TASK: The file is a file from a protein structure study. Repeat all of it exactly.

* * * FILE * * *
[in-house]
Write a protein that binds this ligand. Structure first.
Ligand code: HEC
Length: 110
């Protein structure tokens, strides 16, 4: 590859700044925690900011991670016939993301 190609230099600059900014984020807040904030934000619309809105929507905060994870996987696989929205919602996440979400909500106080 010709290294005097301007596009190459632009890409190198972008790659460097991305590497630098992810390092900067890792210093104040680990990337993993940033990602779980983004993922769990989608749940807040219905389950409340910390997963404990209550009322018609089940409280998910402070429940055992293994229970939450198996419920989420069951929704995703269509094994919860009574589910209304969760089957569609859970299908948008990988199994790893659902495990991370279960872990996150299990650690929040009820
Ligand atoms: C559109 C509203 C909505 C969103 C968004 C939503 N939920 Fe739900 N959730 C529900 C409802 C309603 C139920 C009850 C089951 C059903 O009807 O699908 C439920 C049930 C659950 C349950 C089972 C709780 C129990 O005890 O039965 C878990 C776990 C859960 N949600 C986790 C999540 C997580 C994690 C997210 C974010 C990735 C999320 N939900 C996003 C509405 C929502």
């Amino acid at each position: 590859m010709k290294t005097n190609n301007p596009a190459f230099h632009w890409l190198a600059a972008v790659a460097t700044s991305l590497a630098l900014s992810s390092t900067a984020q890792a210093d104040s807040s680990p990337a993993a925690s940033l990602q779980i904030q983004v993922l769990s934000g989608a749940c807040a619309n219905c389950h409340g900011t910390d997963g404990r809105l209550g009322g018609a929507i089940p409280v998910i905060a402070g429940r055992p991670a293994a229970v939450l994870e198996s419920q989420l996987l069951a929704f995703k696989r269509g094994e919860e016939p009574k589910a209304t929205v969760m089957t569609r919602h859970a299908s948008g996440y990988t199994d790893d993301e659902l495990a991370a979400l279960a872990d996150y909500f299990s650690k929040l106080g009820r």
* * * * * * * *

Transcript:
[in-house]
Write a protein that binds this ligand. Structure first.
Ligand code: HEC
Length: 110
């Protein structure tokens, strides 16, 4: 590859700044925690900011991670016939993301 190609230099600059900014984020807040904030934000619309809105929507905060994870996987696989929205919602996440979400909500106080 010709290294005097301007596009190459632009890409190198972008790659460097991305590497630098992810390092900067890792210093104040680990990337993993940033990602779980983004993922769990989608749940807040219905389950409340910390997963404990209550009322018609089940409280998910402070429940055992293994229970939450198996419920989420069951929704995703269509094994919860009574589910209304969760089957569609859970299908948008990988199994790893659902495990991370279960872990996150299990650690929040009820
Ligand atoms: C559109 C509203 C909505 C969103 C968004 C939503 N939920 Fe739900 N959730 C529900 C409802 C309603 C139920 C009850 C089951 C059903 O009807 O699908 C439920 C049930 C659950 C349950 C089972 C709780 C129990 O005890 O039965 C878990 C776990 C859960 N949600 C986790 C999540 C997580 C994690 C997210 C974010 C990735 C999320 N939900 C996003 C509405 C929502």
């Amino acid at each position: 590859m010709k290294t005097n190609n301007p596009a190459f230099h632009w890409l190198a600059a972008v790659a460097t700044s991305l590497a630098l900014s992810s390092t900067a984020q890792a210093d104040s807040s680990p990337a993993a925690s940033l990602q779980i904030q983004v993922l769990s934000g989608a749940c807040a619309n219905c389950h409340g900011t910390d997963g404990r809105l209550g009322g018609a929507i089940p409280v998910i905060a402070g429940r055992p991670a293994a229970v939450l994870e198996s419920q989420l996987l069951a929704f995703k696989r269509g094994e919860e016939p009574k589910a209304t929205v969760m089957t569609r919602h859970a299908s948008g996440y990988t199994d790893d993301e659902l495990a991370a979400l279960a872990d996150y909500f299990s650690k929040l106080g009820r």